Engaged organizations will have well-thought-out ways of developing their staff. Their aim is to have people there for a career, not just a job. Successful organizations often provide opportunities for staff to move to different areas within the organization to learn new skills and enhance their expertise.

These standards can be purchased at the ANSI Webstore.

Performance Metrics Mix
stock-investment-pennies.jpg
Performance metrics are a vital part of managing an organization. Many organizations have a tendency to select metrics by copying what competitor’s measure, what is read in the business press, and what benchmark firms are using.

The best organizational metrics keep the focus on its strategic direction, not the direction in which others are going! 

The types of metrics and the right mix of metrics drives effective outcomes. For example, some metrics should focus on customer needs (externally focused, effectiveness metrics) and some on organizational needs (internally focused, efficiency metrics) so the organization can effectively balance the management of resources used to achieve the market results. An organization with high customer satisfaction and costs that create negative profitability is not going to be a sustainable venture.

Some metrics should be able to evaluate results (outcome or lagging metrics), while others should allow proactive management of the vital factors (process or leading metrics) that create those outcomes. For example, on-time delivery (an outcome) might be significantly impacted by equipment reliability (a leading indicator for delivery performance). However, equipment reliability is an outcome measure for the maintenance management process. As much as possible, metrics should be biased toward business drivers, such as process or leading indicators, instead of outcomes.
Once the desired metrics have been identified, the real work begins. Decisions must be made regarding:
  • Who owns the metric?
  • Where will the data be acquired and how often?
  • How might the raw data be manipulated (normalized) to allow more equivalent comparisons over time?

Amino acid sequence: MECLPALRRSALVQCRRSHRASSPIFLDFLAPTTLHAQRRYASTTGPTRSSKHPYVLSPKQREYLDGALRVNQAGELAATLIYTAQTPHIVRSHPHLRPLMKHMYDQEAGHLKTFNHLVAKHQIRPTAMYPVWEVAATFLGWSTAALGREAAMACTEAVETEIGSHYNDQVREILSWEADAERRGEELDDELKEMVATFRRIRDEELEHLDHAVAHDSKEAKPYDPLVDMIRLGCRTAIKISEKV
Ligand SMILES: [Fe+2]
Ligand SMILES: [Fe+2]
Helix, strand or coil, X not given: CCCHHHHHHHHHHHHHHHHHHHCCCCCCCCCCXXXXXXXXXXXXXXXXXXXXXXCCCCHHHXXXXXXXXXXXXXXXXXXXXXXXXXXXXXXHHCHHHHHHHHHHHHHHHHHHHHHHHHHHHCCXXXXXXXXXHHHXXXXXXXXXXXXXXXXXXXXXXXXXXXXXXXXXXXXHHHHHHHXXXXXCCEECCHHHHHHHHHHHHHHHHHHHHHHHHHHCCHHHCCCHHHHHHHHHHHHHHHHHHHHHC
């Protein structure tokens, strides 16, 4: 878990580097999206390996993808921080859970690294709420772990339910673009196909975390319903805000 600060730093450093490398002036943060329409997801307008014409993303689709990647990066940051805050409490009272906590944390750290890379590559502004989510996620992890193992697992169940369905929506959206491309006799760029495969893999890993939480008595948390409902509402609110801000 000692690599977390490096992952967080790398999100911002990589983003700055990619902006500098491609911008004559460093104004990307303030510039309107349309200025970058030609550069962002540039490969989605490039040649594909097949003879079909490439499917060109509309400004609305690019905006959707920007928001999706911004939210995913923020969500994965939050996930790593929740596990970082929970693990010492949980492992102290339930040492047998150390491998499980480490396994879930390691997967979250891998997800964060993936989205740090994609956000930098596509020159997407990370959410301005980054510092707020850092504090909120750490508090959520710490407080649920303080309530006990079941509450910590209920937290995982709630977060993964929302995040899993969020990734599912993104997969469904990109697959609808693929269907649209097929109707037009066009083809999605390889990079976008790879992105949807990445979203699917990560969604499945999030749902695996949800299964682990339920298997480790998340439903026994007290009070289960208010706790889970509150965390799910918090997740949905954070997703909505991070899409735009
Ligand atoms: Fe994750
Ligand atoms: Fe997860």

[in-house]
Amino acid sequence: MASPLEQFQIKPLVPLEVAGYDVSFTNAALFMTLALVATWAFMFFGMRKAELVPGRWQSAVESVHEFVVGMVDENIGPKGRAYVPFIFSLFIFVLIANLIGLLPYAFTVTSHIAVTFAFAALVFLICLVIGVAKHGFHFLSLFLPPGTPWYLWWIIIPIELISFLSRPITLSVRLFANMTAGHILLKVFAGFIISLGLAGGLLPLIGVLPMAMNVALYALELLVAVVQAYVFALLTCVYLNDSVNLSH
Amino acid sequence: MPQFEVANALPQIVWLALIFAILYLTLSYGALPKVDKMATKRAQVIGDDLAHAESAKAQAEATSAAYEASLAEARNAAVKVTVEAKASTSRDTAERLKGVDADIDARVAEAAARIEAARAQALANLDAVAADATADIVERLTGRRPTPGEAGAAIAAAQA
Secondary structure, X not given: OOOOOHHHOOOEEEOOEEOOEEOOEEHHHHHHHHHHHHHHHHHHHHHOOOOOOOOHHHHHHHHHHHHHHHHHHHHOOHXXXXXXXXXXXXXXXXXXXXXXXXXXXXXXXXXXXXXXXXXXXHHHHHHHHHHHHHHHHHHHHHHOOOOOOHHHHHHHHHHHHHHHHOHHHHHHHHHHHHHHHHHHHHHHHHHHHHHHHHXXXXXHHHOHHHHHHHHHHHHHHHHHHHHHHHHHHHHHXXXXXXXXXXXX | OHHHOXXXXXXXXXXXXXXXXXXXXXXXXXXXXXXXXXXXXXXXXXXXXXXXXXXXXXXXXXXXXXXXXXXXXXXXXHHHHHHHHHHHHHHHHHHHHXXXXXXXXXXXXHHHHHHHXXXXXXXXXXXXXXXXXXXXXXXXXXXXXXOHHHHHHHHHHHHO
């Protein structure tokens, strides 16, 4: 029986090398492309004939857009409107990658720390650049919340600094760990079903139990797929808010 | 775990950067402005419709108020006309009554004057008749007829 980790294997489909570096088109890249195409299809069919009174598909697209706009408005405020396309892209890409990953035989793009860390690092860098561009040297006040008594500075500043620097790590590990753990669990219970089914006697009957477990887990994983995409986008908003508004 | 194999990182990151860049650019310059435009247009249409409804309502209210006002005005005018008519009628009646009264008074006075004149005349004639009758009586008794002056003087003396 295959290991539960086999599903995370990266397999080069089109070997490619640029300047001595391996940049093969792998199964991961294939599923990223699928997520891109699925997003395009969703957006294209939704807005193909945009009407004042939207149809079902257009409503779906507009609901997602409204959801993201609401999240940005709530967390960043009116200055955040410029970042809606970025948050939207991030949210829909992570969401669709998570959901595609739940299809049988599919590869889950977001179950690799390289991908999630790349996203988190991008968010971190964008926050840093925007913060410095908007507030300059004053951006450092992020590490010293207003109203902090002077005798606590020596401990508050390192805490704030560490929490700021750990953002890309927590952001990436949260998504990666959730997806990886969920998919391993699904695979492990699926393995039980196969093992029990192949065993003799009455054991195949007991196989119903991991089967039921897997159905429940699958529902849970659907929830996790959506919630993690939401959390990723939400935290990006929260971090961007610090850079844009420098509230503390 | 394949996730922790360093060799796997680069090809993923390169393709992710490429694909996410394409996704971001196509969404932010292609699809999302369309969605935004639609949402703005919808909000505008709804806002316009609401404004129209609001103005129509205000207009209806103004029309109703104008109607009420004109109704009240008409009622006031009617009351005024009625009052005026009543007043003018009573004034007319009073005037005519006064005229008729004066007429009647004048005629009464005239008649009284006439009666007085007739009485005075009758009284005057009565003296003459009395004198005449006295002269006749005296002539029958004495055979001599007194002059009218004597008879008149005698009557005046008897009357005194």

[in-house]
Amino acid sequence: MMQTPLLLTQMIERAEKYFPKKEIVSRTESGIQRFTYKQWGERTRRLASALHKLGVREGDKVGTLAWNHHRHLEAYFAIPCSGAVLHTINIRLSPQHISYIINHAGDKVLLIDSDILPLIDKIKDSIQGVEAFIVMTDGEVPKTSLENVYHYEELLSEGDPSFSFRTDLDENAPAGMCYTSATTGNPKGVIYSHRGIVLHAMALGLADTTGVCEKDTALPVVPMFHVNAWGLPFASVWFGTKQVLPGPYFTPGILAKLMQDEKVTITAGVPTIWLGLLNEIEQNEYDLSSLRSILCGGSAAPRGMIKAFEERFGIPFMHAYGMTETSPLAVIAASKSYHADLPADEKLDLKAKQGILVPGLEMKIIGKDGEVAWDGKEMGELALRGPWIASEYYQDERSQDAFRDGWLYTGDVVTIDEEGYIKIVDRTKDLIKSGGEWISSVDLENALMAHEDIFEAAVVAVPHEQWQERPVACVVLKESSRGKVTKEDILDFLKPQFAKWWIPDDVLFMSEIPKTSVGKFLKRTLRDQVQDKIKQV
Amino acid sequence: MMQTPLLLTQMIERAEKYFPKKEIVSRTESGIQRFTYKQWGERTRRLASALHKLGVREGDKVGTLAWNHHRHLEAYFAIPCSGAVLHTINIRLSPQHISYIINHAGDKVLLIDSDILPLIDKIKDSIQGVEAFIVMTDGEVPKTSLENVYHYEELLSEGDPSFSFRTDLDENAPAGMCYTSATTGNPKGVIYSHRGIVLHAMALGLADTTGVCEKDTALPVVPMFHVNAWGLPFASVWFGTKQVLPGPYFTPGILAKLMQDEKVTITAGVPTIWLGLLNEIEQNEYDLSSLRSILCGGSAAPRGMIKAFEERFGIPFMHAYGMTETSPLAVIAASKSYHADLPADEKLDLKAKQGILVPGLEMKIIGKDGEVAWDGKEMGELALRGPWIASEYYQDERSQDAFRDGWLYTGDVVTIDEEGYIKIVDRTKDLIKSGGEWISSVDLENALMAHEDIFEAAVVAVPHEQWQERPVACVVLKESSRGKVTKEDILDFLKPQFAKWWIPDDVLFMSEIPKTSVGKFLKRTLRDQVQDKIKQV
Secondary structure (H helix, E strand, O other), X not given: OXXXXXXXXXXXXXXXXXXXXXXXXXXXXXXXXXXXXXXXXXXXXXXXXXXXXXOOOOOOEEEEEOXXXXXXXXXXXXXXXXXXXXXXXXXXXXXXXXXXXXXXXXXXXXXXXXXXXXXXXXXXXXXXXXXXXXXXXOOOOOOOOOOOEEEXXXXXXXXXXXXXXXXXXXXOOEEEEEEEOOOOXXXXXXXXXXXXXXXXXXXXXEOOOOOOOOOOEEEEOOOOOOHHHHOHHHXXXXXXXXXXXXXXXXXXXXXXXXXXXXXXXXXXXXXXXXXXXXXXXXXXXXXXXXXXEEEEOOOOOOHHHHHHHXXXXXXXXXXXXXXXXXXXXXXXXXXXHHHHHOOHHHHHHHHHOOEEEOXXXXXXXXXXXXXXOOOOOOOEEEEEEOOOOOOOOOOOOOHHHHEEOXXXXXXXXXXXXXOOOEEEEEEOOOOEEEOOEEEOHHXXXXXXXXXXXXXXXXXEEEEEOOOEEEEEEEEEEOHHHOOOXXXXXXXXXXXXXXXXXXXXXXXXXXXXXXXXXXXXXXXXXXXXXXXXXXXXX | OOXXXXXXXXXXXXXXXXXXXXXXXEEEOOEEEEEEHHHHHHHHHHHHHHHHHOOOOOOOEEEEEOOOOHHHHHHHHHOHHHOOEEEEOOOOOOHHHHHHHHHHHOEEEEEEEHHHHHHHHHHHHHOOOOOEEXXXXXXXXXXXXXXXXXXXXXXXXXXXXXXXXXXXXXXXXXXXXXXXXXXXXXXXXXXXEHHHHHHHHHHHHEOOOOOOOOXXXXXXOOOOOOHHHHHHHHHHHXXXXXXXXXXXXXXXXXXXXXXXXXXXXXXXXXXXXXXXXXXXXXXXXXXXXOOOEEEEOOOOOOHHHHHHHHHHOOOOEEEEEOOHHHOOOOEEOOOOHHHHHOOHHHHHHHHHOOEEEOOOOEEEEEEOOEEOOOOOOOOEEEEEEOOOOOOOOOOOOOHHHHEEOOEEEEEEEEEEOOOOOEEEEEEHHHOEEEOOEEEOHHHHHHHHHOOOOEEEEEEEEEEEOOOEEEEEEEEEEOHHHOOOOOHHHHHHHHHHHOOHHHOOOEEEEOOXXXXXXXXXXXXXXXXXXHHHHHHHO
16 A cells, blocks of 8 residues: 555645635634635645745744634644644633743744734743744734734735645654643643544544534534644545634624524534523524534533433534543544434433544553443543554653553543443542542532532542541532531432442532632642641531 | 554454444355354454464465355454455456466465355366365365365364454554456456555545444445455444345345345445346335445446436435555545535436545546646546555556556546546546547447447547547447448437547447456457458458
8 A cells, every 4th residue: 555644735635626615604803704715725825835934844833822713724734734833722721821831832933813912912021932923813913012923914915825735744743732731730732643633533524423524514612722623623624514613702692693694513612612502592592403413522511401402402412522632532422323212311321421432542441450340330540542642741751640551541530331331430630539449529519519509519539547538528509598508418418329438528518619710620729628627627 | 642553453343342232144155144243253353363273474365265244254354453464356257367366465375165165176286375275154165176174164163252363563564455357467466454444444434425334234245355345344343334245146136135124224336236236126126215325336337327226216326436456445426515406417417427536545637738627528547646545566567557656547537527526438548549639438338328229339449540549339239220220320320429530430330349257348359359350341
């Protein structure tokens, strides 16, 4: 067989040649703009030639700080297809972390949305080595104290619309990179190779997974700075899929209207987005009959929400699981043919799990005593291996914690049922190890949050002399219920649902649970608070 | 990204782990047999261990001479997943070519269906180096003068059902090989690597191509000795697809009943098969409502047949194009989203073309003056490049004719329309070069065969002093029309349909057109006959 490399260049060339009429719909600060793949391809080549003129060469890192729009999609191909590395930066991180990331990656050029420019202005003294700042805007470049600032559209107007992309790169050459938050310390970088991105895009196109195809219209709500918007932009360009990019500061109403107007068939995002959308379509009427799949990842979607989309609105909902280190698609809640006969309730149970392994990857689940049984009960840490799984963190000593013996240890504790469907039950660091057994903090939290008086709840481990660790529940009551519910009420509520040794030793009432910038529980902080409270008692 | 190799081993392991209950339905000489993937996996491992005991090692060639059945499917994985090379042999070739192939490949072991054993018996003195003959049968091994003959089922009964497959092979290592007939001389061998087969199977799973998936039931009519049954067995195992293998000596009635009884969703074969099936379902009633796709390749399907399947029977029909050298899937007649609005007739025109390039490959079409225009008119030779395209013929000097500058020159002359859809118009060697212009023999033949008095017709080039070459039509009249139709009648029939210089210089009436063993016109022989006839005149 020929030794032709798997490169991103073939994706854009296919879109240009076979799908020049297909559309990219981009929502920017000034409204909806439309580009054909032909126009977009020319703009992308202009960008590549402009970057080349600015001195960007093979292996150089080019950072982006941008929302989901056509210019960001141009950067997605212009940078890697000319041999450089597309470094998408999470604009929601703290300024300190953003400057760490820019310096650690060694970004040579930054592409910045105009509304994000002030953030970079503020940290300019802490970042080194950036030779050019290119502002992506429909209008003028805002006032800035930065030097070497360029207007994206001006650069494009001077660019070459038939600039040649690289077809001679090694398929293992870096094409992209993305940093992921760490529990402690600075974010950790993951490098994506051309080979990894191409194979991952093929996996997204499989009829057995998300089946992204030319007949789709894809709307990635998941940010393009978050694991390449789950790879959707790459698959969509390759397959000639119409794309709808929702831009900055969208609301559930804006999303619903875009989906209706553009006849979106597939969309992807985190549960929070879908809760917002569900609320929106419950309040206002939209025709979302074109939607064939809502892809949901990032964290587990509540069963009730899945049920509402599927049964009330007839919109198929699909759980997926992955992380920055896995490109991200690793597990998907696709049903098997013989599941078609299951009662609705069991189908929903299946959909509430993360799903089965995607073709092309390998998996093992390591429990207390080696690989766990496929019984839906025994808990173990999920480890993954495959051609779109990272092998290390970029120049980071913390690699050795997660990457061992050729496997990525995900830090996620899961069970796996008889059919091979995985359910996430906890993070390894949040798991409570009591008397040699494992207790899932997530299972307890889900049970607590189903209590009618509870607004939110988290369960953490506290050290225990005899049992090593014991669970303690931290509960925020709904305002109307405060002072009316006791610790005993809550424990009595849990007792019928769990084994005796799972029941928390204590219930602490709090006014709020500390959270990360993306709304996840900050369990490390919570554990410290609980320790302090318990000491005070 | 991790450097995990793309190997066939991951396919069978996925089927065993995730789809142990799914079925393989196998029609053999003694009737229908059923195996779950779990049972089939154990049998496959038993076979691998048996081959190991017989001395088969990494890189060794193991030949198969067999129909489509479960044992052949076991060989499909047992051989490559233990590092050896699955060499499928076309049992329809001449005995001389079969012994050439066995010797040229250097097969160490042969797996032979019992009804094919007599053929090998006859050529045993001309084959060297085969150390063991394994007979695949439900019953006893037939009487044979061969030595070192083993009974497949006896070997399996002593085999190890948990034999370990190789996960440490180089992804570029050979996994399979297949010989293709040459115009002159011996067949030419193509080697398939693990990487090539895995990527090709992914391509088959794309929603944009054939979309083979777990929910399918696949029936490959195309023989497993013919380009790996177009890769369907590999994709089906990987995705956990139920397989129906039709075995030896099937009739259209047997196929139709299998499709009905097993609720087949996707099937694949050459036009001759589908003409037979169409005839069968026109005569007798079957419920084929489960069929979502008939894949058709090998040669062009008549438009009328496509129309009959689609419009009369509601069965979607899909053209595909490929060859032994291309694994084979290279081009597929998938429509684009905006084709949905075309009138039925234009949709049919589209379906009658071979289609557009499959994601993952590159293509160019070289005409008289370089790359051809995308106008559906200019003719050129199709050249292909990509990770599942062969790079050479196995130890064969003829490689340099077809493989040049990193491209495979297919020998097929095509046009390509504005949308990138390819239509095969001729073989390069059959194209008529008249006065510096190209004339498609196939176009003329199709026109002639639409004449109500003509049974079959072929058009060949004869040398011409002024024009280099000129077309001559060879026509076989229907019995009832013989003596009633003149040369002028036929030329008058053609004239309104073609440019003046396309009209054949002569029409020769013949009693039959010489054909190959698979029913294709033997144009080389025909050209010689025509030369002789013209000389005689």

• How often should the metrics be reported and analyzed for decision making?
Although it might sound simple, creating operational definitions is an important component of metric details. What is meant by the terms as expressed in mathematical terms (for example, numerator, and denominator and time boundaries)? A company might ask, “What is meant by on-time delivery?” When it is picked up by the carrier or when it arrives at the target location?  Clear measurement and accurate definitions are important to an organizations success.

news3.jpg

In the News

CFOs Preparing for Up to 30% Decline in Revenue

Gartner, the world’s leading research and advisory company survey shows 51% of CFOs Are Preparing for Up to 30% Decline in Revenue This Year Due to COVID-19.

A survey of 145 CFOs and senior finance leaders on April 12, 2020 revealed 51% of respondents said they were preparing for a revenue contraction of up to 30% this year due to the coronavirus pandemic.
Twenty-eight percent of respondents believe the impact to their organization’s revenue could be higher than 30%. “Most CFOs have told us they are using the most severe downside scenarios to inform their decisions right now.
This is leading CFOs to consider drastic cost management actions across April and May”, said Alexander Bant, practice vice president, research, for the Gartner Finance Practice. “When CFOs were asked how these downside scenarios are impacting their ability to fund long-term growth investments,  70% of CFOs said they are now showing caution in this area.”
For more information on this Gartner Survey visit the Gartner Newsroom.

Training Courses
 
Due to COVID-19 Virus course scheduling and delivery is currently suspended.  Let us know if you have a future Year 2020 training need. Stay Safe. 
All courses can be delivered at your company or at our training centers. We do provide training beyond our home state of Arizona. Click on the course title for description, schedule, registration and payment. Group discounts are available. We also provide custom designed training to fit your specific needs. All training is fully documented for your training records and certificates of training are awarded.
 
Don’t see a course or schedule that fits your needs?  Contact us.
 

Remote Versus Virtual Audits – We’re conducting Virtual Audits- Are You?   

“Auditing of a virtual location is sometimes referred to as virtual auditing.” ISO 19011. Remote auditing use techniques such as interactive web-based collaboration, web meetings, teleconferences and/or electronic verification of the client’s processes. Remote audits refer to the use of ICT to gather information, interview an auditee, when “face-to-face” methods are not possible or desired. (ISO 19011)

ISO 9001 Auditing Practices Group Guidance on: REMOTE AUDITS – Link to PDF Guidance.

Best regards, 

Walter Tighe and SES Team
Sustaining Edge Solutions, Inc.
Toll Free 888-572-9642
 

Leave a Reply